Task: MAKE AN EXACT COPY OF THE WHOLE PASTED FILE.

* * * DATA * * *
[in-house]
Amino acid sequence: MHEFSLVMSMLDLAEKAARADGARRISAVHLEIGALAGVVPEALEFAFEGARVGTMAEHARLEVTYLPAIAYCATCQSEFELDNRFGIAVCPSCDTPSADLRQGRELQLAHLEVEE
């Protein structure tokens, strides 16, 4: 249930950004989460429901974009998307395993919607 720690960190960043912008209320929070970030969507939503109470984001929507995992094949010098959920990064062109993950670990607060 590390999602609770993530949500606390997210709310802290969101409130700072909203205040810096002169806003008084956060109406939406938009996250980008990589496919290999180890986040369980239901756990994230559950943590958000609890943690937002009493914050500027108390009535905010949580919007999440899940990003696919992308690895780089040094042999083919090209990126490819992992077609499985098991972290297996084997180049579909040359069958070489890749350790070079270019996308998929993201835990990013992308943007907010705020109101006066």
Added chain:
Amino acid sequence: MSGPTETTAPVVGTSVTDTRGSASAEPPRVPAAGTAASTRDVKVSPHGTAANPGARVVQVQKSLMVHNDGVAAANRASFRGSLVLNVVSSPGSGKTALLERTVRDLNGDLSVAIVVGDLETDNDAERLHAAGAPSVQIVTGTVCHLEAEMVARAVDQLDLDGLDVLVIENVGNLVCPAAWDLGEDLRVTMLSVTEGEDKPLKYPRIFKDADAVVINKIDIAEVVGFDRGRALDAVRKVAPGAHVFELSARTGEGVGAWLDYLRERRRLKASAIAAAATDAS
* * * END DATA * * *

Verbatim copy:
[in-house]
Amino acid sequence: MHEFSLVMSMLDLAEKAARADGARRISAVHLEIGALAGVVPEALEFAFEGARVGTMAEHARLEVTYLPAIAYCATCQSEFELDNRFGIAVCPSCDTPSADLRQGRELQLAHLEVEE
């Protein structure tokens, strides 16, 4: 249930950004989460429901974009998307395993919607 720690960190960043912008209320929070970030969507939503109470984001929507995992094949010098959920990064062109993950670990607060 590390999602609770993530949500606390997210709310802290969101409130700072909203205040810096002169806003008084956060109406939406938009996250980008990589496919290999180890986040369980239901756990994230559950943590958000609890943690937002009493914050500027108390009535905010949580919007999440899940990003696919992308690895780089040094042999083919090209990126490819992992077609499985098991972290297996084997180049579909040359069958070489890749350790070079270019996308998929993201835990990013992308943007907010705020109101006066």
Added chain:
Amino acid sequence: MSGPTETTAPVVGTSVTDTRGSASAEPPRVPAAGTAASTRDVKVSPHGTAANPGARVVQVQKSLMVHNDGVAAANRASFRGSLVLNVVSSPGSGKTALLERTVRDLNGDLSVAIVVGDLETDNDAERLHAAGAPSVQIVTGTVCHLEAEMVARAVDQLDLDGLDVLVIENVGNLVCPAAWDLGEDLRVTMLSVTEGEDKPLKYPRIFKDADAVVINKIDIAEVVGFDRGRALDAVRKVAPGAHVFELSARTGEGVGAWLDYLRERRRLKASAIAAAATDAS